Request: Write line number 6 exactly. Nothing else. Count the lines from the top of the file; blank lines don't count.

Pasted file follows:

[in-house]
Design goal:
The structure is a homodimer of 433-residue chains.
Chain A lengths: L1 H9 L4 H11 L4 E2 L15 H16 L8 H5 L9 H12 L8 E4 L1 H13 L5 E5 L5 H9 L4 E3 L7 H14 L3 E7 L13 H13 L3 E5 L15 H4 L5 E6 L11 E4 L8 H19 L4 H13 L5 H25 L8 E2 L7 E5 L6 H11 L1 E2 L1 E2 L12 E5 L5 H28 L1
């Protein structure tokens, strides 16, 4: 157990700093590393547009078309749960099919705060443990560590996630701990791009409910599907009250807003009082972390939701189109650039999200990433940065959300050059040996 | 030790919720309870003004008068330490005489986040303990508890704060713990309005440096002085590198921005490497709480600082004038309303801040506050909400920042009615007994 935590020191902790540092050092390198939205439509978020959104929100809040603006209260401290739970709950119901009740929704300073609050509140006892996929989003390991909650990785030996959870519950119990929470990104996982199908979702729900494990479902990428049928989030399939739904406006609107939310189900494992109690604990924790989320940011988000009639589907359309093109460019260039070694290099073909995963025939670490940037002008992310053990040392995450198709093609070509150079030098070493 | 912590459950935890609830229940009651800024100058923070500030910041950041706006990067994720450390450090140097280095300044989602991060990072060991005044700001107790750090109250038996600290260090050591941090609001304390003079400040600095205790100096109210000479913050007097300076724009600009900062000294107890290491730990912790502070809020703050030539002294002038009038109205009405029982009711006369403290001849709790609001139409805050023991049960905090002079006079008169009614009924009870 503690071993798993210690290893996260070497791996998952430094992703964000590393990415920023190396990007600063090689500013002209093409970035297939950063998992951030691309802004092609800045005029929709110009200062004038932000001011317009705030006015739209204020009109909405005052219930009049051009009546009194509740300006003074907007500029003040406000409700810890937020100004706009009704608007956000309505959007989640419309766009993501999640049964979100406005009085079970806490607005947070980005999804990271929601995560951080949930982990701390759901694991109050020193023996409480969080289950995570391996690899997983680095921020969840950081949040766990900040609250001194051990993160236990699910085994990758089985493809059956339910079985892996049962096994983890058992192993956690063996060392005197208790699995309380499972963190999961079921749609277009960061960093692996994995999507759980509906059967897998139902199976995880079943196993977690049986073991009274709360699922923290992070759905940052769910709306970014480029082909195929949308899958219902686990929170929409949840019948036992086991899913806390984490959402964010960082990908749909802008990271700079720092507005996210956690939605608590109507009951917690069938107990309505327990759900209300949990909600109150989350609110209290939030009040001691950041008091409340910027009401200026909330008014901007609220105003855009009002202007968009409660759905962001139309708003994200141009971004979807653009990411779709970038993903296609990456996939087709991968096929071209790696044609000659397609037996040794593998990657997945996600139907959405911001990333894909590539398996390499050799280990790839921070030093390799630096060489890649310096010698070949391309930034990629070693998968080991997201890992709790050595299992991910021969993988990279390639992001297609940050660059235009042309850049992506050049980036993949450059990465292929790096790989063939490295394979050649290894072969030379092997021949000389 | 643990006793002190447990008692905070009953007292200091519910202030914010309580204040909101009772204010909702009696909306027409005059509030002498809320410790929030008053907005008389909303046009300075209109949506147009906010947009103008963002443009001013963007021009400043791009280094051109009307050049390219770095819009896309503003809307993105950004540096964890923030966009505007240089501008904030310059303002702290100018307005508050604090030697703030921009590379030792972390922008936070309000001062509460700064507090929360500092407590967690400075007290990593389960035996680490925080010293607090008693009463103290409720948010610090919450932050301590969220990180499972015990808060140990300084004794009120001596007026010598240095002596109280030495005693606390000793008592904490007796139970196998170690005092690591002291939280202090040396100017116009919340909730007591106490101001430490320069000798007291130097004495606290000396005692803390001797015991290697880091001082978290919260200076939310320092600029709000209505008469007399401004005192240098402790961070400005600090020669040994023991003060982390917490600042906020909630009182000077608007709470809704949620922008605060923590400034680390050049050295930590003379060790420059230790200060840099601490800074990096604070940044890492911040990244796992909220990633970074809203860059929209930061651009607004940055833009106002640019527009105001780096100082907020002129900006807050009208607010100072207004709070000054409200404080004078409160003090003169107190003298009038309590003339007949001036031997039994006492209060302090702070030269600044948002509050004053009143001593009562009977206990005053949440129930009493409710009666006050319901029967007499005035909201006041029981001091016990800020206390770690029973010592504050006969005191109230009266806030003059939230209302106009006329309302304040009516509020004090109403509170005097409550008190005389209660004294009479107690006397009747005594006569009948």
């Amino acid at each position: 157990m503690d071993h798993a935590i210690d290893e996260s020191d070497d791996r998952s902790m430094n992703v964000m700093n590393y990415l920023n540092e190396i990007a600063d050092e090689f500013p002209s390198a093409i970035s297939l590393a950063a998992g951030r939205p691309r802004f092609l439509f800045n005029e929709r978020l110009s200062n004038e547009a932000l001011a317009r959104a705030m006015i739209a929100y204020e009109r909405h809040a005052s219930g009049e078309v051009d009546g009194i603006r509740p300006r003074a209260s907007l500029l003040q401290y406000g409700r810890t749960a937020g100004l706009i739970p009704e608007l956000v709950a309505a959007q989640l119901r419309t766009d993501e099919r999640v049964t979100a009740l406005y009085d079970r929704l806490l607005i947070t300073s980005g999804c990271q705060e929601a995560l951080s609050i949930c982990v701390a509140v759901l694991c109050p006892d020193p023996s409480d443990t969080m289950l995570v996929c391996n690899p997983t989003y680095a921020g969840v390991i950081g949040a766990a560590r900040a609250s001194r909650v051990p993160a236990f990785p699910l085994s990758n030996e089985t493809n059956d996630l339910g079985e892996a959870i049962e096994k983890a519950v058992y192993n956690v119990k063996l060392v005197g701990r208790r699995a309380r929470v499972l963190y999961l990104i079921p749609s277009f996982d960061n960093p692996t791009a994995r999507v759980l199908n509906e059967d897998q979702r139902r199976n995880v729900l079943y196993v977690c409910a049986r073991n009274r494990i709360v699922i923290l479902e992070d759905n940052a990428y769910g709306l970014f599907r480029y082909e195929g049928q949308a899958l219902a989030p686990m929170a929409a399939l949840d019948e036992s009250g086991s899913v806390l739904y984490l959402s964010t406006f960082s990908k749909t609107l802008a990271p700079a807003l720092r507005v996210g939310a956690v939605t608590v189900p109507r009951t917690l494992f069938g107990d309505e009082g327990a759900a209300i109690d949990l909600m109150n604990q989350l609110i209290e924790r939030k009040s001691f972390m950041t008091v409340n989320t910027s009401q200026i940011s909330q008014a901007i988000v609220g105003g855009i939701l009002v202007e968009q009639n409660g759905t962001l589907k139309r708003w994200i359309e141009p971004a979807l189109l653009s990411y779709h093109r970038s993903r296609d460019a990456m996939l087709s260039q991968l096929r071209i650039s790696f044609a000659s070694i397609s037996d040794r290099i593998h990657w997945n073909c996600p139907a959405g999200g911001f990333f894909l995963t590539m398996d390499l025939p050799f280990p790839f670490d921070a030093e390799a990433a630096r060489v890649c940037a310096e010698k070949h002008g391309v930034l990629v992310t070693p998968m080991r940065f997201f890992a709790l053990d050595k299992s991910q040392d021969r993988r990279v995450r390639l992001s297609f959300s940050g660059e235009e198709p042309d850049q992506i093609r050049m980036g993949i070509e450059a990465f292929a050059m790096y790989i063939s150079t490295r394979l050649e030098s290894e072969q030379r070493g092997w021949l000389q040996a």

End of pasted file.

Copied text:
């Amino acid at each position: 157990m503690d071993h798993a935590i210690d290893e996260s020191d070497d791996r998952s902790m430094n992703v964000m700093n590393y990415l920023n540092e190396i990007a600063d050092e090689f500013p002209s390198a093409i970035s297939l590393a950063a998992g951030r939205p691309r802004f092609l439509f800045n005029e929709r978020l110009s200062n004038e547009a932000l001011a317009r959104a705030m006015i739209a929100y204020e009109r909405h809040a005052s219930g009049e078309v051009d009546g009194i603006r509740p300006r003074a209260s907007l500029l003040q401290y406000g409700r810890t749960a937020g100004l706009i739970p009704e608007l956000v709950a309505a959007q989640l119901r419309t766009d993501e099919r999640v049964t979100a009740l406005y009085d079970r929704l806490l607005i947070t300073s980005g999804c990271q705060e929601a995560l951080s609050i949930c982990v701390a509140v759901l694991c109050p006892d020193p023996s409480d443990t969080m289950l995570v996929c391996n690899p997983t989003y680095a921020g969840v390991i950081g949040a766990a560590r900040a609250s001194r909650v051990p993160a236990f990785p699910l085994s990758n030996e089985t493809n059956d996630l339910g079985e892996a959870i049962e096994k983890a519950v058992y192993n956690v119990k063996l060392v005197g701990r208790r699995a309380r929470v499972l963190y999961l990104i079921p749609s277009f996982d960061n960093p692996t791009a994995r999507v759980l199908n509906e059967d897998q979702r139902r199976n995880v729900l079943y196993v977690c409910a049986r073991n009274r494990i709360v699922i923290l479902e992070d759905n940052a990428y769910g709306l970014f599907r480029y082909e195929g049928q949308a899958l219902a989030p686990m929170a929409a399939l949840d019948e036992s009250g086991s899913v806390l739904y984490l959402s964010t406006f960082s990908k749909t609107l802008a990271p700079a807003l720092r507005v996210g939310a956690v939605t608590v189900p109507r009951t917690l494992f069938g107990d309505e009082g327990a759900a209300i109690d949990l909600m109150n604990q989350l609110i209290e924790r939030k009040s001691f972390m950041t008091v409340n989320t910027s009401q200026i940011s909330q008014a901007i988000v609220g105003g855009i939701l009002v202007e968009q009639n409660g759905t962001l589907k139309r708003w994200i359309e141009p971004a979807l189109l653009s990411y779709h093109r970038s993903r296609d460019a990456m996939l087709s260039q991968l096929r071209i650039s790696f044609a000659s070694i397609s037996d040794r290099i593998h990657w997945n073909c996600p139907a959405g999200g911001f990333f894909l995963t590539m398996d390499l025939p050799f280990p790839f670490d921070a030093e390799a990433a630096r060489v890649c940037a310096e010698k070949h002008g391309v930034l990629v992310t070693p998968m080991r940065f997201f890992a709790l053990d050595k299992s991910q040392d021969r993988r990279v995450r390639l992001s297609f959300s940050g660059e235009e198709p042309d850049q992506i093609r050049m980036g993949i070509e450059a990465f292929a050059m790096y790989i063939s150079t490295r394979l050649e030098s290894e072969q030379r070493g092997w021949l000389q040996a």